Jordan paused, his hand on the door, and looked at the sign.

“La Chocolaterie Store and Café
Closed for Private function
April 15 – 10 am to noon.”

He stepped through the door, a hesitant smile on his face. He walked to the table by the window, set especially for him and Charlene, and sat down. He pulled his balance book from his left breast pocket, and glanced at the spreadsheet of his life. 

Graduate top of class. Check.
Senior partner. Check. 
Learn to fly. Check.
Find key to Charlene’s heart. That line was blank. No checkmark because, no matter how many times he’d tried, he just hadn’t succeeded. Yet. He hoped today would be different. That today he would finally unlock her heart and that she would accept his proposal of marriage. 

He placed the book face-down on the table, removed his slim frame glasses and pinched his nose. His steel blue eyes watched the window as he tapped his silver mechanical pencil against the table. 

“She’ll come,” Shannon the waitress said. “She always comes.” 

“But she always leaves,” he sighed. “If she leaves this time, I’m afraid that I’ll never figure her out.”  He tapped his balance book. “Nothing adds up without her.” 

The waitress nodded, she’d heard his love story before. She knew how they’d met at this same table long before she started here. He’d come in for his usual. Charlene was drinking Mexican Mocha while trying to finish her taxes before midnight. 

“I didn’t have a chance. From the moment I met her, my life has been out of balance. If only I could find the key to her heart.”

“I wish my Hank was half as romantic as you are. I’d be glad to have you romance me.” 

Jordan glanced at the clock. “10:55. She’ll be here any minute. Can you prepare our coffees, please,” he asked. 

Just then Charlene flounced into the café.  She was wearing her flowing fuchsia dress, with her favorite floral scarf and summer hat. She made a beeline to Jordan, smiled and gave him a kiss. “Sorry to keep you waiting, I’m so glad you remember our anniversary.”

“I could never forget,” he said genuinely.

He rose, and held her chair for her to sit. Charlene floated into it, and settled like the foam on her favorite drink. 

“One black double espresso, triple sugar, with a touch of cocoa for you,” the waitress said, placing a tiny cup in front of Jordan. “And one Mexican Mocha for you. I’ll bring your dessert momentarily.” 

They sipped their coffees, and smiled at each other. 

“Have you found the key to my heart?”

“I hope so,” Jordan muttered. “It’s not like the first time, when I tried to give you flowers.”

“Those chocolate flowers were beautiful, Jordan, but you should have known then that I wasn’t a delicate flower,” she smiled. 

“I know better than to give you a ring.” 

“You mean that rock that you brought back from Canada?” she teased.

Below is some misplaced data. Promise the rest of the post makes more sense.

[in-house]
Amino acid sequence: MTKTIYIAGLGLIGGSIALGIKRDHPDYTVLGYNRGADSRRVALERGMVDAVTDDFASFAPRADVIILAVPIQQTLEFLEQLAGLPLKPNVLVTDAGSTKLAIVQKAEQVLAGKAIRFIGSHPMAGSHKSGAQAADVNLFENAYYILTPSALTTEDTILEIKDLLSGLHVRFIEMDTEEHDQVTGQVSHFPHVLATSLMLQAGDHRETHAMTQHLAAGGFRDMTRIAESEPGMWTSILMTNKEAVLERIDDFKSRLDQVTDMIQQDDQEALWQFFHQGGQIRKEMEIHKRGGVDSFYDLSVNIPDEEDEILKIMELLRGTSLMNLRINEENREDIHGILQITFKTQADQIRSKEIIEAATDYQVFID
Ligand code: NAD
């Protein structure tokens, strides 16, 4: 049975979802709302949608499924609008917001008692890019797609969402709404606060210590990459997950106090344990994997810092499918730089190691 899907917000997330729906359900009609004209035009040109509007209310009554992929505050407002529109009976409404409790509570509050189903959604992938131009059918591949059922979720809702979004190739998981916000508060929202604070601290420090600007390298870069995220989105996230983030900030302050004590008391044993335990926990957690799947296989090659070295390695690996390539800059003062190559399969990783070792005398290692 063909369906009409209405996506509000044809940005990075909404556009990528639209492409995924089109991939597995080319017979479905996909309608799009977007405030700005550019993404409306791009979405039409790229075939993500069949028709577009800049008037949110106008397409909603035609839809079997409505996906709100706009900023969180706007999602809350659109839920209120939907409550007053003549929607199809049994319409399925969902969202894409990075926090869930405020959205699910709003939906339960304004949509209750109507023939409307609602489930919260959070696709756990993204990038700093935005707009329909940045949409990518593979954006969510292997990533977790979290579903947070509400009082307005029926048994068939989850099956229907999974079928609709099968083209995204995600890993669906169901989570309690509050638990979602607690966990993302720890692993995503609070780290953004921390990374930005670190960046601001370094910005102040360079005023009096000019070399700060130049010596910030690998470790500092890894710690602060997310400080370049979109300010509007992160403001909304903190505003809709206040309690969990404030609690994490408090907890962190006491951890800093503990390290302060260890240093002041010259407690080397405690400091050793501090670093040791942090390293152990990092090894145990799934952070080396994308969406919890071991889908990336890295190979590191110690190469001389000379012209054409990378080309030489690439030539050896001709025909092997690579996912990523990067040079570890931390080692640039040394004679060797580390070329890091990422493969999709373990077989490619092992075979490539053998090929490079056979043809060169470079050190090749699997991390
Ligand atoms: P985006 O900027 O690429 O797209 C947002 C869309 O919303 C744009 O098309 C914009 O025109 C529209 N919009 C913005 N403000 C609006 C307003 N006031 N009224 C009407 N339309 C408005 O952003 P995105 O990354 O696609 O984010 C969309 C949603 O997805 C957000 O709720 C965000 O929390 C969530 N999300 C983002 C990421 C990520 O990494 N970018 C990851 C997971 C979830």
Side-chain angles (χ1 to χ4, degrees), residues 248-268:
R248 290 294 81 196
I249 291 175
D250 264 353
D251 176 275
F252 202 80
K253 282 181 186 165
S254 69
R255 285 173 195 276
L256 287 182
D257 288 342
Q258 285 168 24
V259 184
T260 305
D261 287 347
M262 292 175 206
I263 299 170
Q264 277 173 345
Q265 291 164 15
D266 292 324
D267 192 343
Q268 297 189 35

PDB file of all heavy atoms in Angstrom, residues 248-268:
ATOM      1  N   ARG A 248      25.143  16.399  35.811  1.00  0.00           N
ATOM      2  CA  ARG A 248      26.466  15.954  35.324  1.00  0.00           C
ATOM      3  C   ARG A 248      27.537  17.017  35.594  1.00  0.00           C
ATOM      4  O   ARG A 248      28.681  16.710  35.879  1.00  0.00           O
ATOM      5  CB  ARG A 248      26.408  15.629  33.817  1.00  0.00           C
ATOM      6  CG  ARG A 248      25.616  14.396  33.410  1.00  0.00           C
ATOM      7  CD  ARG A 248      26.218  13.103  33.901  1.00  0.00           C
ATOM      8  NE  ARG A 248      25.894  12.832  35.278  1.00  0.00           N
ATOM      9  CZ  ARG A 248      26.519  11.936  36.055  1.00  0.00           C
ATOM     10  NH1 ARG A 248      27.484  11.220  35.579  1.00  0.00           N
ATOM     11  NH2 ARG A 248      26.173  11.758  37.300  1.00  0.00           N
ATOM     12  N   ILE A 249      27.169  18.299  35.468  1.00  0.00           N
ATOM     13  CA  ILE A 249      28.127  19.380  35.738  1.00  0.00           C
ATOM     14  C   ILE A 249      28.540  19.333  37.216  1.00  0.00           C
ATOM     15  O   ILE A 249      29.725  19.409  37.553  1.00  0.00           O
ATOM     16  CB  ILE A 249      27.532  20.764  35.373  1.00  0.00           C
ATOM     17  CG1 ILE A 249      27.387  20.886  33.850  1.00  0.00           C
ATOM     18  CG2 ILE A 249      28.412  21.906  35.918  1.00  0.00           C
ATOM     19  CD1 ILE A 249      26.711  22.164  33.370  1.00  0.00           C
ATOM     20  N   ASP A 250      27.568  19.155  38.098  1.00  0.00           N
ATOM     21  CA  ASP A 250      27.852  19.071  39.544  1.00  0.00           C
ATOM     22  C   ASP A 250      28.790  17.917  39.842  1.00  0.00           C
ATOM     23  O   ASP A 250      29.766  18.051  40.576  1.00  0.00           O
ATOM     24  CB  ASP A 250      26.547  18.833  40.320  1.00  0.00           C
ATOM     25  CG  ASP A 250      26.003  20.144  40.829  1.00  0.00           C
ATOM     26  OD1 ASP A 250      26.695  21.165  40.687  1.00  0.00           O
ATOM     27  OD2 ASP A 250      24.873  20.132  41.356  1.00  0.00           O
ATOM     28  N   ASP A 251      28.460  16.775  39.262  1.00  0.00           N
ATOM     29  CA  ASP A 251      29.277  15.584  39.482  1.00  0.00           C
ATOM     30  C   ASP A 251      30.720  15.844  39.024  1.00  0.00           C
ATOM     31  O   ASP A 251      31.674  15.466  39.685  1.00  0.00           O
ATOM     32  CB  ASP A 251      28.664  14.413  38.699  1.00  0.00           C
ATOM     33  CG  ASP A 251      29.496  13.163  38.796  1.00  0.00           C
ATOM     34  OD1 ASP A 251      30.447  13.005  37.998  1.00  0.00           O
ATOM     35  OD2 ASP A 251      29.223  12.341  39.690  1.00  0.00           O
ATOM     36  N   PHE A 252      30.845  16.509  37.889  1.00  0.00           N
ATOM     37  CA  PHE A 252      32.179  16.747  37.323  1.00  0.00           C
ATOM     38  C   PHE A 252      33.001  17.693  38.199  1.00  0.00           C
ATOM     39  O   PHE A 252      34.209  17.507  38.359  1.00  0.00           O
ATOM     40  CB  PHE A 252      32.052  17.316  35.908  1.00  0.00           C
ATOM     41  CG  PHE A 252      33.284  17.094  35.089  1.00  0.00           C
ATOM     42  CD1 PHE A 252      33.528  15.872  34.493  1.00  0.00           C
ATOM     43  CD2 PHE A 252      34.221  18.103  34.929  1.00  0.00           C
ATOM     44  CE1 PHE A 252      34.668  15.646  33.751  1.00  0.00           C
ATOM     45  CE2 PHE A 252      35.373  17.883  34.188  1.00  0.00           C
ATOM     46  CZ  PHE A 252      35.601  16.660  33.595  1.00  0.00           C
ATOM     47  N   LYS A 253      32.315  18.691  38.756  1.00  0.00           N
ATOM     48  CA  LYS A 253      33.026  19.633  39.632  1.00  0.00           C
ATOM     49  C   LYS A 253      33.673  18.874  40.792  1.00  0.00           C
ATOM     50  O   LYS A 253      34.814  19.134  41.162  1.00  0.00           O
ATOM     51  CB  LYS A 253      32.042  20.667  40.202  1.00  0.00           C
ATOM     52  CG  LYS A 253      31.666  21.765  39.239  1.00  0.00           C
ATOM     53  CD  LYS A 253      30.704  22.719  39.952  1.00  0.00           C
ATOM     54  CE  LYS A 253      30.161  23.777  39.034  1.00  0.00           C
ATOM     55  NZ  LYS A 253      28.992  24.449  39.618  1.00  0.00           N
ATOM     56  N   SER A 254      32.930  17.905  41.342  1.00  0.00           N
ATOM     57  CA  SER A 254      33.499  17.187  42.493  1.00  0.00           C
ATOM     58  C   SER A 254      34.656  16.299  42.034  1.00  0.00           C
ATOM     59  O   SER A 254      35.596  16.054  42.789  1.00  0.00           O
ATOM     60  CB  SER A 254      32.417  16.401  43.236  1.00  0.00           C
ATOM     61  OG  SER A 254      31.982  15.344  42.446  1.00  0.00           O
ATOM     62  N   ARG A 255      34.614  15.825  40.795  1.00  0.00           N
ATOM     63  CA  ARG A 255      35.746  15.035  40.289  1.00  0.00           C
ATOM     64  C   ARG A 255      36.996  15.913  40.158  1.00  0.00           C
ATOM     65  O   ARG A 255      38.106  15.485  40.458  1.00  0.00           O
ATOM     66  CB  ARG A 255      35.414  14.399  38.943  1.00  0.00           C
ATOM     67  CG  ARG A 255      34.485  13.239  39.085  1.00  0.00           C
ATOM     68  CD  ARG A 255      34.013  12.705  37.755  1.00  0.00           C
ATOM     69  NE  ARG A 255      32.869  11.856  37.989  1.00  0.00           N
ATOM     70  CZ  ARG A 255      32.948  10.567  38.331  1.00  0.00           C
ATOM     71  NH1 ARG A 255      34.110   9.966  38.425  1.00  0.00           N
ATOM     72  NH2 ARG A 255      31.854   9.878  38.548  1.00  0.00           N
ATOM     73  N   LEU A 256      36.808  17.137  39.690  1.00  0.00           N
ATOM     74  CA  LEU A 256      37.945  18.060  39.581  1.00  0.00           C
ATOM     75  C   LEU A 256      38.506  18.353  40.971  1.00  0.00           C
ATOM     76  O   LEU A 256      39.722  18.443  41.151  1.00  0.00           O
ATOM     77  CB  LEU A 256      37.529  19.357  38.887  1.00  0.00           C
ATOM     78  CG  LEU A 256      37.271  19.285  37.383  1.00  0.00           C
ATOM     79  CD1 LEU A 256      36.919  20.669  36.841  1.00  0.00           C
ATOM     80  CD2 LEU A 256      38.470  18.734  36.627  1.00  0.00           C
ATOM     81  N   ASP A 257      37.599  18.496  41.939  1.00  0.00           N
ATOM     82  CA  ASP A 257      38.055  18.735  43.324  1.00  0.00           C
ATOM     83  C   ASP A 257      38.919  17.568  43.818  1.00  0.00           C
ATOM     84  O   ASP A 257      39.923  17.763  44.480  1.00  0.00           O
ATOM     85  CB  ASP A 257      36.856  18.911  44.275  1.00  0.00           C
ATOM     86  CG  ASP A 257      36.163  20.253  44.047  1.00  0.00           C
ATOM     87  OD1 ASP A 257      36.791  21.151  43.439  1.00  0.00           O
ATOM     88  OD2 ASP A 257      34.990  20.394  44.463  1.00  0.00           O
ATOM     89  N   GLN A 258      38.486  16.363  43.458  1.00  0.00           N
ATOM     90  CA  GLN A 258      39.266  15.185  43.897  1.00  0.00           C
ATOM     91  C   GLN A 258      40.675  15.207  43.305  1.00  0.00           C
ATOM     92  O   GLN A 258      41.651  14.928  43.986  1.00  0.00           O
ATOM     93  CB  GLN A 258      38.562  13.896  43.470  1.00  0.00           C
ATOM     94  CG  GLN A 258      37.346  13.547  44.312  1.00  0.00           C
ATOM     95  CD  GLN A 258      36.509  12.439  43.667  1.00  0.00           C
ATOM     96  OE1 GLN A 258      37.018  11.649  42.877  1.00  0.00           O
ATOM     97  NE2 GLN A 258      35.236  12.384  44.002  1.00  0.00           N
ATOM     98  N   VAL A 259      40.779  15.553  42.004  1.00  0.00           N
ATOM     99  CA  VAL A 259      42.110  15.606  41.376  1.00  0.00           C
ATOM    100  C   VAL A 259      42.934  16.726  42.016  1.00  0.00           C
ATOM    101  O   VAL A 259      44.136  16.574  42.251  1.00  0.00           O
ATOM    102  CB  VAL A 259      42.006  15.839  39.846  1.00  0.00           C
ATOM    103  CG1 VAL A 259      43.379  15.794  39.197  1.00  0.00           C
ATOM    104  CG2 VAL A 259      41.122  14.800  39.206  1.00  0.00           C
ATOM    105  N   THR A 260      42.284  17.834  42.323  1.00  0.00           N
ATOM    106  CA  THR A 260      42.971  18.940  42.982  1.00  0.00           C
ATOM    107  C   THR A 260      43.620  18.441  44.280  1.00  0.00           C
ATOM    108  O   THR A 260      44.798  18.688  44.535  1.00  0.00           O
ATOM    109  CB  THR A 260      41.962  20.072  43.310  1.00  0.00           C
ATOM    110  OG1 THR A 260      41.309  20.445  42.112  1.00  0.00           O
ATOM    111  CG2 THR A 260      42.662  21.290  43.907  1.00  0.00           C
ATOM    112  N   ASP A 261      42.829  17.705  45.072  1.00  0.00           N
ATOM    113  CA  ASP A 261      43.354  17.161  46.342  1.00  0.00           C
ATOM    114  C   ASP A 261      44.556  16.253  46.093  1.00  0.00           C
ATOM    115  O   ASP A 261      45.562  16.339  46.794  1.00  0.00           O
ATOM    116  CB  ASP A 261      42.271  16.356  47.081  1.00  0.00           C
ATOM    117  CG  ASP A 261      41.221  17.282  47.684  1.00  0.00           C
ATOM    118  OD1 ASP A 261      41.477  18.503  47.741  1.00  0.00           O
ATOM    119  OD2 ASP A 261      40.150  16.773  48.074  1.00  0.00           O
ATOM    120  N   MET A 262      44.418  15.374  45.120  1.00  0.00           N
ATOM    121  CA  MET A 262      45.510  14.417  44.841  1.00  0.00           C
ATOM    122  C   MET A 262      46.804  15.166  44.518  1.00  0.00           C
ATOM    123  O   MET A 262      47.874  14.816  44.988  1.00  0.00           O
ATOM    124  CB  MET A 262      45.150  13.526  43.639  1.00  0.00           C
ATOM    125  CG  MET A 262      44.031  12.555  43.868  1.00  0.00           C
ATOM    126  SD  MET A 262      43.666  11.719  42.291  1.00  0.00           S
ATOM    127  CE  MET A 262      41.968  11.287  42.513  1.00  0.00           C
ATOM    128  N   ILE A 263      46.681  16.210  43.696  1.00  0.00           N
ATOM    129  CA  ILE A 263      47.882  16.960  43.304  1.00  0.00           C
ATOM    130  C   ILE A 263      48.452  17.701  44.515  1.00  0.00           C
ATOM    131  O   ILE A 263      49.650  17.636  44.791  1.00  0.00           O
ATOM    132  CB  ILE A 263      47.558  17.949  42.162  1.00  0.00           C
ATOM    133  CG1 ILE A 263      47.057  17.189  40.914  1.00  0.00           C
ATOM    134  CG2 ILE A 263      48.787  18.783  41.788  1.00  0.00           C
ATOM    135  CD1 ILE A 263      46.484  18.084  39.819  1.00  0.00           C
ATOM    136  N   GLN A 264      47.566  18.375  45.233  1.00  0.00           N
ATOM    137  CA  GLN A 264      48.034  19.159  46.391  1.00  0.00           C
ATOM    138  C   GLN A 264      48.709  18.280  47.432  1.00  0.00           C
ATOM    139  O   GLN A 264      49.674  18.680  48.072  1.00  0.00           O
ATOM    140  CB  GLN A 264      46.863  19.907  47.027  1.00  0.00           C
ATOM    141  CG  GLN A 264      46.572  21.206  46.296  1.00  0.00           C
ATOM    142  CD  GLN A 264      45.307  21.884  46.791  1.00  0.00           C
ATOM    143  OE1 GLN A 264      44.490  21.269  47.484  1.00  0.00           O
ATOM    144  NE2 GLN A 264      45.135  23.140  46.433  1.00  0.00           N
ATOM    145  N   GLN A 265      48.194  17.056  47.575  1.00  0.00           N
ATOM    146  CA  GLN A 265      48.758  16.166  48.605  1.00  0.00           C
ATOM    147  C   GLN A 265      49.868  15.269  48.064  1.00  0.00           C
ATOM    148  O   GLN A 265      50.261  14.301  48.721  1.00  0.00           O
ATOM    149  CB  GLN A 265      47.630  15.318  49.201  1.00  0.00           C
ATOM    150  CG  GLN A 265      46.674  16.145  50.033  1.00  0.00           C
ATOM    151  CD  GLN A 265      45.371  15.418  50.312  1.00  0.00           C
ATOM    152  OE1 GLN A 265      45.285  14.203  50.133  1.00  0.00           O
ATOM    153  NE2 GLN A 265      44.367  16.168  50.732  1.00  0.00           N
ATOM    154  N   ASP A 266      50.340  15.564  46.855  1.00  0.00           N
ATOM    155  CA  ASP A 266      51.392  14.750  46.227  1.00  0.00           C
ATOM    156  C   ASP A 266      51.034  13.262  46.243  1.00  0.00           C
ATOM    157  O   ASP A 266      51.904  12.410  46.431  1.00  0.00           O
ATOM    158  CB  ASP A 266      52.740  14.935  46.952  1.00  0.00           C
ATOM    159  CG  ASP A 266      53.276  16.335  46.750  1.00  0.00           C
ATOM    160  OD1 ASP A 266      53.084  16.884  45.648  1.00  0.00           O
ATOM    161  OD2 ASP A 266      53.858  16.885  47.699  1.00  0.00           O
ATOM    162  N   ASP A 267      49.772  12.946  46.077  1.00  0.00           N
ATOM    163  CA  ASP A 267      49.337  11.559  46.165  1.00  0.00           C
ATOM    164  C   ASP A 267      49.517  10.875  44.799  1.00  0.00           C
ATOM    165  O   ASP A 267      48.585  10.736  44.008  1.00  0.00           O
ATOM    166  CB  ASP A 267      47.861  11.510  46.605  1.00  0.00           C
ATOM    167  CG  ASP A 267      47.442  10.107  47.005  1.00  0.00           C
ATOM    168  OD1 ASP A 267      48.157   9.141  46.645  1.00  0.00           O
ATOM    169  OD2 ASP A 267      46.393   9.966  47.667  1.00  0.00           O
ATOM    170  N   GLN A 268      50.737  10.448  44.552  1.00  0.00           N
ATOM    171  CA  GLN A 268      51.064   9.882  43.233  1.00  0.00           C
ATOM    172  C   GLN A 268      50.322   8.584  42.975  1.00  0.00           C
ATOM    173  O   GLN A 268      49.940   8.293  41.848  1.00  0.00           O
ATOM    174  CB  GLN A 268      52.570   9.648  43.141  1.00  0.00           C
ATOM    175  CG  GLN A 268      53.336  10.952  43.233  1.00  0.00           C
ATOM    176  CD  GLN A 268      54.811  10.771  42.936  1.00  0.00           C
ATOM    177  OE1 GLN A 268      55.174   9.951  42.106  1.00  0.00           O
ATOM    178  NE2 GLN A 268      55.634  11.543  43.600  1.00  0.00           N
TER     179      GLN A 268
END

“I will have you know that I thought long and hard about that. No conflict diamond you said. So I chartered a plane to a diamond mine in northern Canada, mined a diamond, cut it and mounted it into this beautiful setting.” He held it out and placed it on the table.

 “Most girls would be happy to have a ring like that.”

“Well, I’m not most girls,” Charlene reminded him. 

“Thankfully,” Jordan quipped. His eyes crinkled as he smiled. “Do you remember the year that I filled my hot tub with dark chocolate?”

Charlene leaned forward and smiled wickedly.  “Yes, you spent all night trying to tease the key to my heart from me.” 

Jordan smiled, “I smelled chocolate for weeks. I thought for sure I had your heart then, but figured it would take something bigger to win your heart in the end.” 

Charlene giggled, “Whatever happened to that life-size chocolate TARDIS you had made for me? It really WAS bigger on the inside, you know.”

Jordan nodded. “I know. David Tennant helped to auction off pieces it to benefit Mothers of Area 51 Refugees.”

The waitress appeared with two plates. She placed the one with a small chocolate key beside Jordan, and the other, with a square chocolate box, in front of Charlene. 

“Not another box, Jordan.” Charlene’s voice seeped disappointment.

Jordan pushed the key across the table to her. 

“Open it, Charlene. I have to know if I’ve finally unlocked the key to your heart.” He held his breath and it was as if the world held its breath with him.  

She picked up the key, and placed it into the lock of the chocolate box. She turned it, and opened the box, as if afraid to see what was inside. 

Jordan watched as her expression went from fear to surprise to shock. She slowly reached inside. 

“Fried chicken,” she said in a reverent whisper. “You got me fried chicken.” 

Charlene picked up a piece, and raised it to her nose. “Sweet ambrosia,” she whispered.  She bit into it; her eyes flew open in surprise. She groaned in ecstasy. 

“Oh, Jordan!” she cried. “You’ve done it. You’ve found the key to my heart!” 

Jordan went on bent knee, and brought forward the ring he had tried, so many years ago, to give her. “Say you’ll marry me, Charlene!” 

“Yes, Jordan, I WILL marry you,” she answered, slipping the ring on her finger.

“Then let’s go now, the minister is waiting, and I can’t wait another moment to call you my wife.” 

Jordan picked up his ledger, and, checking the last line, closed the book. Hand in hand, they moved to the door.  

Shannon held the door for them as they left. Removing the private function sign, she shook her head and sighed. “Hard to believe, all this time, it was fried chicken.”

This story was entered in the second round of the NYC Midnight Flash Fiction Challenge in October 2014. Results of this are pending. 

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